Donhead St Mary Bell-Ringers - February 2017 Report

In the last report, I wrote about our outing when we rang at other towers in October 2016. Although in essence all belfries are the same – a number of bells hung in a frame, attached to a full wheel round which a bell rope is attached before going down to the ringing chamber – each is different in character, sound and behaviour. Consequently, ringers need to adapt their style when ringing. The nearest analogy is to driving different cars.

At St Mary’s, our 6 bells are of medium weight, on axles with ball bearings in a metal frame and hang about 20 feet above the ringers. They are well in tune with each other and the harmonics within each bell are also fairly true. They go well, sound good and are joy to ring. Donhead St Andrew’s 4 bells are of similar weight to St Mary’s, on axles with plain bearings in a wood frame and hang about 12 feet above the ringers. The ceiling is not sound-proofed, and so the bells are very loud. As the heaviest bell (the tenor) is almost the same weight as at St Mary’s, and on plain bearings, they are heavier to ring. Semley has 6 bells in a very solidly built tower, and they show the West Country preference for really heavy bells with a 26 cwt tenor (almost 3 times heavier than Donhead). The ringers stand in a “minstrels’ gallery” at the back of the church, so you can turn and watch them ringing from your pew. As they are so heavy, they have to be rung slowly and steadily. If you really want to see ringers in action, you can go to Chilmark, or Dinton. Their ringers stand in the body of the church at the front of the pews, just in front of the pulpit. Both these churches have central towers and the ringers need to be adroit to manage the long ropes. The longer the rope, the more it can move about and magnify any technical weaknesses in controlling them. And, of course, all in public view! The bells themselves hang fairly high up the tower and are not any lower just because the ringers are at ground level.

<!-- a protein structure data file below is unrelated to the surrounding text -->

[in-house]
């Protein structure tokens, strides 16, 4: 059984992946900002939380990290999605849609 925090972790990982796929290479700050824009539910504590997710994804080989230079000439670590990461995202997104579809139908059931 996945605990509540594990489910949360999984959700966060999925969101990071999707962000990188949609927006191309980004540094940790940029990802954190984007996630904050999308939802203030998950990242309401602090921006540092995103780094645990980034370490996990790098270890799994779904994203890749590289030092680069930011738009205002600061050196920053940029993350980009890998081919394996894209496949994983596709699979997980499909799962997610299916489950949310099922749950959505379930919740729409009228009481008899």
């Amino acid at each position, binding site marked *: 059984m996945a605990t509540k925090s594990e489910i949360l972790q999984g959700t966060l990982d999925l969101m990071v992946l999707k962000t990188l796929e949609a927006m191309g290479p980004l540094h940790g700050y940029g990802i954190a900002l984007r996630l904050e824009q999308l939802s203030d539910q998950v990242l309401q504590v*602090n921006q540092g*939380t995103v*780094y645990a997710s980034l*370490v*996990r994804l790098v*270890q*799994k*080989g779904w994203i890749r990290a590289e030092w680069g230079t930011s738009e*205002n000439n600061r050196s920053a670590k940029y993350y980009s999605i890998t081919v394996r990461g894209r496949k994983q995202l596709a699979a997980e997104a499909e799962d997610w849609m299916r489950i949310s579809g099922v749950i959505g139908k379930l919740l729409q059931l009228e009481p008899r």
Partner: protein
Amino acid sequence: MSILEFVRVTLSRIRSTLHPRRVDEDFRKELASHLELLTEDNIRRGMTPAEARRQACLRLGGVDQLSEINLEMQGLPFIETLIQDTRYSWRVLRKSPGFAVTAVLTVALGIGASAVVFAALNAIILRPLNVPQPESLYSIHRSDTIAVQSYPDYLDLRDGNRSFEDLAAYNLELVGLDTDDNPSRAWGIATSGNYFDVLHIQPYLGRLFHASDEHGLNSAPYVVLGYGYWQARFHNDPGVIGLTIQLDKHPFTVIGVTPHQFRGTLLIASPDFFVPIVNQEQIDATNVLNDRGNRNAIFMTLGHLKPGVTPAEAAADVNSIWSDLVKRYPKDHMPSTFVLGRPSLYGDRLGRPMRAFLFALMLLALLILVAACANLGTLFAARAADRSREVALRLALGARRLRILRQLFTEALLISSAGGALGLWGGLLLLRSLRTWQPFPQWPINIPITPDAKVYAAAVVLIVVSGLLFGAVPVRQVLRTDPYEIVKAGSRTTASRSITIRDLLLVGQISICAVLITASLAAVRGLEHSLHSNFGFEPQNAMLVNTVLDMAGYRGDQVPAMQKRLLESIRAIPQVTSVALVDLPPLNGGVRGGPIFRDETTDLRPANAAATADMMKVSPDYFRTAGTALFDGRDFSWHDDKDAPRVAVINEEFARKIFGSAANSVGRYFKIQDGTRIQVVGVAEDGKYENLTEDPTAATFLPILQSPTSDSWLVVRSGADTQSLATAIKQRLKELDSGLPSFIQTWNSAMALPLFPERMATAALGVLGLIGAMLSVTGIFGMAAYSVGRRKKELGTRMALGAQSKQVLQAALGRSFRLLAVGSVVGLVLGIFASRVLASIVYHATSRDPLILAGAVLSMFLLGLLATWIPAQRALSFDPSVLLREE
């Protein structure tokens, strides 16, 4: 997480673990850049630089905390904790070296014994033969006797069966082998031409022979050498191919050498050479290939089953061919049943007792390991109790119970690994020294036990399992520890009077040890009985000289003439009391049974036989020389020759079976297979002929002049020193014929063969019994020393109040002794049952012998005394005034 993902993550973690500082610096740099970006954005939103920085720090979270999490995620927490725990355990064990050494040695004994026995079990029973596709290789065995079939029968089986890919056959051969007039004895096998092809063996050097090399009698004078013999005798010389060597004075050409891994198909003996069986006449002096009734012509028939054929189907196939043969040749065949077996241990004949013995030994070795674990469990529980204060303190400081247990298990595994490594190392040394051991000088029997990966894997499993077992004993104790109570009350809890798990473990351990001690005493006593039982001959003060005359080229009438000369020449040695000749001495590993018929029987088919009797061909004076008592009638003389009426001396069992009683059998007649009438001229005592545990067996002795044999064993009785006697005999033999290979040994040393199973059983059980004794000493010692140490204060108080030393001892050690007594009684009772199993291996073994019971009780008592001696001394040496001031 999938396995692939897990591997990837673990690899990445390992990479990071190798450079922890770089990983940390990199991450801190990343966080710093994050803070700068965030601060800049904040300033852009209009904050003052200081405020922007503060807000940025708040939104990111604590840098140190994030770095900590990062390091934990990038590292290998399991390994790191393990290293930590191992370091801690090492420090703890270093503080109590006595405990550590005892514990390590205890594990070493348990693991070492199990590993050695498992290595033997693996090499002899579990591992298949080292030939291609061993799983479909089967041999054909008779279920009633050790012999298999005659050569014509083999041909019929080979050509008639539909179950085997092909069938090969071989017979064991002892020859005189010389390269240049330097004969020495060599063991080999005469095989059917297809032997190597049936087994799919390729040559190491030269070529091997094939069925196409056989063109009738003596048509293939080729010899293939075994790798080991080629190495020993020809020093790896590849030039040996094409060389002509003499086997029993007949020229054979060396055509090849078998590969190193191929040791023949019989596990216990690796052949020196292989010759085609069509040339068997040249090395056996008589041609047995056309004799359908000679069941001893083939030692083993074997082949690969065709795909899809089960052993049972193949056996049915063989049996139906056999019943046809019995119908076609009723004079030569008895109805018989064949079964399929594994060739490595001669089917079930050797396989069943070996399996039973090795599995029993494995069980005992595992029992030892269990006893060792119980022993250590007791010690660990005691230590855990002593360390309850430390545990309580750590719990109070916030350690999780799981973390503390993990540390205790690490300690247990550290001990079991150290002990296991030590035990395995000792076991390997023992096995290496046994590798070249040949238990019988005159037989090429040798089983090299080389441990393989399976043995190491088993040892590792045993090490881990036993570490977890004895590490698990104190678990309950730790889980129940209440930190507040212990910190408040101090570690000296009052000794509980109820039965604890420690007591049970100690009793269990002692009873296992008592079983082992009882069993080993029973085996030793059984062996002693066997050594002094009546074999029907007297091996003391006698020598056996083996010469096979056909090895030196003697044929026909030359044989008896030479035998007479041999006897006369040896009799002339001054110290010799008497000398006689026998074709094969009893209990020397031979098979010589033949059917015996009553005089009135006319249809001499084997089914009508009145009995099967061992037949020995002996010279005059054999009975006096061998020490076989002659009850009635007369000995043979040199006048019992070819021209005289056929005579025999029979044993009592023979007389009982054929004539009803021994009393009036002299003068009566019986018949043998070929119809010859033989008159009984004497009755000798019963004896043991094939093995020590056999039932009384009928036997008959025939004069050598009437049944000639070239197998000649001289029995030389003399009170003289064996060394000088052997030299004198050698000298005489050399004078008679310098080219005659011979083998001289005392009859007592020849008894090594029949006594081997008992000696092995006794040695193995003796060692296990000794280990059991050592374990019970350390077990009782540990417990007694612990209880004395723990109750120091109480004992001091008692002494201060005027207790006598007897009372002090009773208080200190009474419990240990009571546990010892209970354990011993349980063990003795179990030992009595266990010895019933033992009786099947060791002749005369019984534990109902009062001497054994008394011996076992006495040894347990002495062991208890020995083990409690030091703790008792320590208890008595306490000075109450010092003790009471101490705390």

So, even in a small locality, the variety is really interesting.

Christopher Sykes
www.donhead.sdgr.org.uk